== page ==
All courses are 4 credits unless otherwise noted.
GE 600 Environment and Development: A Political Ecology Approach
Theory and practice of development with an explicit focus on environmental issues. Introduces history of development and the environment; explores select themes in development and environmental studies (e.g. rural livelihoods, conservation, urbanization, and climate change); and considers alternative development paradigms.
ES 620 Aquatic Optics & Remote Sensing
An introduction to the use of optical measurements and remote sensing to study the biogeochemistry and water quality of aquatic environments. Covers fundamental concepts and measurements in optics/remote sensing and provides hands-on experience with real data.
GE 620 Methods of Environmental Policy Analysis
Prerequisites: ES 101, MA 121, GE 309, and GE 425 (or equivalents).
Analysis of environmental policy, the implications of environmental problems for public decision-making, the tools available to decision-makers, and their effectiveness, advantages, and disadvantages.
ES 623 Marine Biogeochemistry
Prerequisites: ES 306 and one year of college chemistry, or admission to BUMP.
Oceanic nutrient and biogeochemical cycling in the context of the marine response to global change. Links between local and global scales are emphasized. Topics include oceanic productivity, iron limitation, and oceanic glacial-interglacial biogeochemistry. Three hours lecture, one hour discussion.
GE 625 United States Environmental Policy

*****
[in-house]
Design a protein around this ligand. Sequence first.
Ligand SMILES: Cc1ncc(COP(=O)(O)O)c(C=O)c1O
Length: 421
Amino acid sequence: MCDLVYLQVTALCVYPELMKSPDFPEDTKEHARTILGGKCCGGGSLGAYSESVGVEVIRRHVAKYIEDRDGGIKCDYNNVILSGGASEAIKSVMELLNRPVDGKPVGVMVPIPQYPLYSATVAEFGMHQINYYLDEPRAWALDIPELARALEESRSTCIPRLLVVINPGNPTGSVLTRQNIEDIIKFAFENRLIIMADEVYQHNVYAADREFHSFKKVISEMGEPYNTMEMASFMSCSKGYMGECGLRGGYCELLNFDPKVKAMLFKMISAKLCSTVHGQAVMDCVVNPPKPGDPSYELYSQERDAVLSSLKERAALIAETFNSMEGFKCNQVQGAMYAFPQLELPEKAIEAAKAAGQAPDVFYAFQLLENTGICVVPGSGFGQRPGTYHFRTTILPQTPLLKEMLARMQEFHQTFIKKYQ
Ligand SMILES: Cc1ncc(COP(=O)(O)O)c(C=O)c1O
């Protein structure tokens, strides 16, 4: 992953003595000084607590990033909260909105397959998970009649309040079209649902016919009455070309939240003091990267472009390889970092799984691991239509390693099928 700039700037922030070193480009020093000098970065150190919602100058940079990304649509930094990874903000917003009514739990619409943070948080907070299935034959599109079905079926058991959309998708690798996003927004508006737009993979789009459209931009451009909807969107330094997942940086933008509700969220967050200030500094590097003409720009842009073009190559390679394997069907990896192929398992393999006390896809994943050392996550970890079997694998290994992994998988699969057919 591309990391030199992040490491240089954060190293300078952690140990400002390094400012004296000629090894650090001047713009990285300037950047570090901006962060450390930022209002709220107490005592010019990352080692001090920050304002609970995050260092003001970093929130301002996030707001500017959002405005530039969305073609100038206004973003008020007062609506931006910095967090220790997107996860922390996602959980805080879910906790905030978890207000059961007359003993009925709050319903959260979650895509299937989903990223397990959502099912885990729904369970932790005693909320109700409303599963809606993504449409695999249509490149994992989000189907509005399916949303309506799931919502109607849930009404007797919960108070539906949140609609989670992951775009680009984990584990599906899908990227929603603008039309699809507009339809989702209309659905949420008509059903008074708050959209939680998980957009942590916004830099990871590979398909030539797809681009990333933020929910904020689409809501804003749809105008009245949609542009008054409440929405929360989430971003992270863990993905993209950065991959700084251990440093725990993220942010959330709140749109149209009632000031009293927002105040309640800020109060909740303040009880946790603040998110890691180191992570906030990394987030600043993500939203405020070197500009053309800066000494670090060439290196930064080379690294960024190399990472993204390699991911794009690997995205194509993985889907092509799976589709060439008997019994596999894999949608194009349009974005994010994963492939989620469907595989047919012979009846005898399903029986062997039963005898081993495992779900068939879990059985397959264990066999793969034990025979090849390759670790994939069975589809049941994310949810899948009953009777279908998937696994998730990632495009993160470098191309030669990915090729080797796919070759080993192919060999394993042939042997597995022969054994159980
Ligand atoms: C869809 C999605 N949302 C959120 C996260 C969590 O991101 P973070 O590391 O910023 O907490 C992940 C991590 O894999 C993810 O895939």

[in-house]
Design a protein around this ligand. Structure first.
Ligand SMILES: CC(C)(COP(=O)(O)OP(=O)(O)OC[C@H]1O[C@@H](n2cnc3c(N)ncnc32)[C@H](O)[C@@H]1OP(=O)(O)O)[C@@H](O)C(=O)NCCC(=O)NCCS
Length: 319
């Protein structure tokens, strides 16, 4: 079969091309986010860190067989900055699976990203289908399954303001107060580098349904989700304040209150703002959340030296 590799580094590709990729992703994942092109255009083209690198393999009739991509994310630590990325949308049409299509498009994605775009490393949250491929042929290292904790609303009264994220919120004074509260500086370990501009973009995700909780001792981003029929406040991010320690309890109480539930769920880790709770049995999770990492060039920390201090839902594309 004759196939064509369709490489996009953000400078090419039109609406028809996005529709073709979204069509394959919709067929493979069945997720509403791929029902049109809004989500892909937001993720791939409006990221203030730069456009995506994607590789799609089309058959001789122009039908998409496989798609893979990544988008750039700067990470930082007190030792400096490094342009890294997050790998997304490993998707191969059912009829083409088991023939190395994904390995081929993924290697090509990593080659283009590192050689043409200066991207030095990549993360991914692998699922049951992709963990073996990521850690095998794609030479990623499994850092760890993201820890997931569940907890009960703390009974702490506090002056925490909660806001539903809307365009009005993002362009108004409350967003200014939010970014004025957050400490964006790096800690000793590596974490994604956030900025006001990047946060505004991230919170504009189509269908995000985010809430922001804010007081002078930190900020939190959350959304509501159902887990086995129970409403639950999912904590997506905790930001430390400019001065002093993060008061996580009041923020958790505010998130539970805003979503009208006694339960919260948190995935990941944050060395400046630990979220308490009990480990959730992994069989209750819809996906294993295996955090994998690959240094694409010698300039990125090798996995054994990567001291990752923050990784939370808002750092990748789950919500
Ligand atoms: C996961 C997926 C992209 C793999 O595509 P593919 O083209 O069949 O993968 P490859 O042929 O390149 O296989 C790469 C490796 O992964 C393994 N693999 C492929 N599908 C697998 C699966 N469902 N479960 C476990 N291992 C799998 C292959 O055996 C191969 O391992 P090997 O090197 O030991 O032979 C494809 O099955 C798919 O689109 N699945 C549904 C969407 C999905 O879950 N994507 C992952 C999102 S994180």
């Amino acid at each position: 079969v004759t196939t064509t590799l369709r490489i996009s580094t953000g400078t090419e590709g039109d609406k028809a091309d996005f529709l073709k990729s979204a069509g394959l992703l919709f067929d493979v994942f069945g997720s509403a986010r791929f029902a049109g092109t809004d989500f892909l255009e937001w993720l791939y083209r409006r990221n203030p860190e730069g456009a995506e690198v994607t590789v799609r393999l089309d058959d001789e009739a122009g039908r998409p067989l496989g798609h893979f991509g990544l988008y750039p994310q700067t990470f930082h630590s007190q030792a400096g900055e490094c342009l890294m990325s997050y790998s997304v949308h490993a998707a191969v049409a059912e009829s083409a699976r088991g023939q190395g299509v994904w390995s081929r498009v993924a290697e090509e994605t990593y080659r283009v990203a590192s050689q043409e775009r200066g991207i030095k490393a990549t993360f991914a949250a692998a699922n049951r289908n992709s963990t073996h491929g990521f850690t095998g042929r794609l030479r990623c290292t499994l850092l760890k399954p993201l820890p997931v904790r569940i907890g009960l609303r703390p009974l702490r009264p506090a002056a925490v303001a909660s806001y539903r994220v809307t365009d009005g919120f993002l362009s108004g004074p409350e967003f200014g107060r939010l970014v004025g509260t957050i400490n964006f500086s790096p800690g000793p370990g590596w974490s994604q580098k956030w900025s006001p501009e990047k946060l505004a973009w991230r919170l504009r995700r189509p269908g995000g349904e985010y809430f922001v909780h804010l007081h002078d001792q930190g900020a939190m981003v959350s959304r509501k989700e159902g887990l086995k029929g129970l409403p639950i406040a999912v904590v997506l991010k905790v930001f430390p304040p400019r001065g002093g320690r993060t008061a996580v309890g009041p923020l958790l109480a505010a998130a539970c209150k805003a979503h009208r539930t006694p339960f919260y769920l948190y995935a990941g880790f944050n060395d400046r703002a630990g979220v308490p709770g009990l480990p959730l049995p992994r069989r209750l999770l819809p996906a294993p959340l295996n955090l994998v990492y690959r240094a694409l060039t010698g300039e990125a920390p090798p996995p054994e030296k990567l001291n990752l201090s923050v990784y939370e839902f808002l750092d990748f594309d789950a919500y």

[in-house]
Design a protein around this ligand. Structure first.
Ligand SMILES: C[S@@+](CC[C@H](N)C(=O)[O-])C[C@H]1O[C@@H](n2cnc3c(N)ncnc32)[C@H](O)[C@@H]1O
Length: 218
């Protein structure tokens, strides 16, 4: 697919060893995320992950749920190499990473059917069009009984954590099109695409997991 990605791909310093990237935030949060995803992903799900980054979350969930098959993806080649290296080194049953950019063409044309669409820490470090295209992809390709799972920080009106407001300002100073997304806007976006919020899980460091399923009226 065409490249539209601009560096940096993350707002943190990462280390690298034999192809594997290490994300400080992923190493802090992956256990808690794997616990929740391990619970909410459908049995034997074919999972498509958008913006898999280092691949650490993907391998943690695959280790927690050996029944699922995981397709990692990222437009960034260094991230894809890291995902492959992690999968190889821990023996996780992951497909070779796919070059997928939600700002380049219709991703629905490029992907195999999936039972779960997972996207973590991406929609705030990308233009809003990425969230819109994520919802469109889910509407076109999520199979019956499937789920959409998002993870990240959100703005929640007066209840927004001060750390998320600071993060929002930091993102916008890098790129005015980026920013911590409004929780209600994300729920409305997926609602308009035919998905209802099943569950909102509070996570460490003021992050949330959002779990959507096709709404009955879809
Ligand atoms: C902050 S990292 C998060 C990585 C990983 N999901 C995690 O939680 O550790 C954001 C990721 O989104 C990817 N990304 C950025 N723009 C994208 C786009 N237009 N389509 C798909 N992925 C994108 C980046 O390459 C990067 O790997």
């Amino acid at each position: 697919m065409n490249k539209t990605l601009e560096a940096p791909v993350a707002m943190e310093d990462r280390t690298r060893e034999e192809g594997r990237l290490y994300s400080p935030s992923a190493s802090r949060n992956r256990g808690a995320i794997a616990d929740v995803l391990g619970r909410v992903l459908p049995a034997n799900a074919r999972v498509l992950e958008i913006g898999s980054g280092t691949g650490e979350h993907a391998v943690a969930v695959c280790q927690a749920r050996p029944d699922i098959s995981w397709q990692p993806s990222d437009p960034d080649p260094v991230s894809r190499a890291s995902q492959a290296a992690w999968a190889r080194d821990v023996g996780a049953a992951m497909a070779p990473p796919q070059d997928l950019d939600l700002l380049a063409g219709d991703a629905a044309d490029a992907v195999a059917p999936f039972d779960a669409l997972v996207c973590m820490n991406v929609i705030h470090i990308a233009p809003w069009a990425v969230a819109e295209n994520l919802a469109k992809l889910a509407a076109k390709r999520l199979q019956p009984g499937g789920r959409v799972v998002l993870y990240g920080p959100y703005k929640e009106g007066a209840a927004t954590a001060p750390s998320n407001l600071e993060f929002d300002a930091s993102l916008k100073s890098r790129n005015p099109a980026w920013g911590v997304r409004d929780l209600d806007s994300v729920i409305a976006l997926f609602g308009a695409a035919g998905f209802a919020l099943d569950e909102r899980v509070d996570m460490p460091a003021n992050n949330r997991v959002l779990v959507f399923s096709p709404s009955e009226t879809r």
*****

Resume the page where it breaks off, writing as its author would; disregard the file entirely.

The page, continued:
Prerequisites: EC 101 and GE 309.
Survey and historical overview of key environmental policies and regulations in the United States. Emphasis on policy development, including formulation and implementation of federal pollution control regulations since the National Environmental Policy Act of 1970. Considers possible future policy needs.
GE 640 Digital Image Processing Remote Sensing
Prerequisite: GE 302 or equivalent.
At least introductory statistics (and preferably multivariate statistics) recommended. This course pursues both the algorithms involved in processing remote sensing images and their application. Topics include preprocessing, image transformations, image classification and segmentation, spectral mixture analysis, and change detection. Examples cover a wide range of environmental applications of remote sensing. Students do a project. Meets with GE 440.
ES 640 Marine Geology
Examines the evolution of ocean basins and marginal seas, changes in structure and composition of ocean basins throughout the last one billion years, and the contribution of oceanic geological processes to the chemistry and biochemistry of the Earth.
ES 643 Terrestrial Biogeochemistry
Prerequisites: BI 107 or ES 101 or ES 105, and CH 101/102; or consent of instructor.
The patterns and processes controlling carbon and nutrient cycling in terrestrial ecosystems. Links between local and global scales are emphasized. Topics include net primary production, nutrient use efficiency, and biogeochemical transformation. Meets with BI 643.